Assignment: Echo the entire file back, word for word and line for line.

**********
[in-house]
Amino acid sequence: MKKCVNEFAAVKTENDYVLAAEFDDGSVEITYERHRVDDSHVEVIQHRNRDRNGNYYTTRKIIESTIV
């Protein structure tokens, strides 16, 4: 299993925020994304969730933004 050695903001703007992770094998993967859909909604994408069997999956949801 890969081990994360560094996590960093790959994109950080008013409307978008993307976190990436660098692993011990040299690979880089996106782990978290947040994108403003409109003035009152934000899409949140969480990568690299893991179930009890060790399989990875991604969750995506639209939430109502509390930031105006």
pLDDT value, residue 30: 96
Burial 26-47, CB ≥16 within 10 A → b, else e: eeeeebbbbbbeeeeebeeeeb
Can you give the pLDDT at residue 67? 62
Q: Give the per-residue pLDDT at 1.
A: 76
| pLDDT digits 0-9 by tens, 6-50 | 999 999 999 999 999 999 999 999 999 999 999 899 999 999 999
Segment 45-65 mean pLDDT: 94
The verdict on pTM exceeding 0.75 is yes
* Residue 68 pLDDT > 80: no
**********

[in-house]
Amino acid sequence: MKKCVNEFAAVKTENDYVLAAEFDDGSVEITYERHRVDDSHVEVIQHRNRDRNGNYYTTRKIIESTIV
């Protein structure tokens, strides 16, 4: 299993925020994304969730933004 050695903001703007992770094998993967859909909604994408069997999956949801 890969081990994360560094996590960093790959994109950080008013409307978008993307976190990436660098692993011990040299690979880089996106782990978290947040994108403003409109003035009152934000899409949140969480990568690299893991179930009890060790399989990875991604969750995506639209939430109502509390930031105006």
pLDDT value, residue 30: 96
Burial 26-47, CB ≥16 within 10 A → b, else e: eeeeebbbbbbeeeeebeeeeb
Can you give the pLDDT at residue 67? 62
Q: Give the per-residue pLDDT at 1.
A: 76
| pLDDT digits 0-9 by tens, 6-50 | 999 999 999 999 999 999 999 999 999 999 999 899 999 999 999
Segment 45-65 mean pLDDT: 94
The verdict on pTM exceeding 0.75 is yes
* Residue 68 pLDDT > 80: no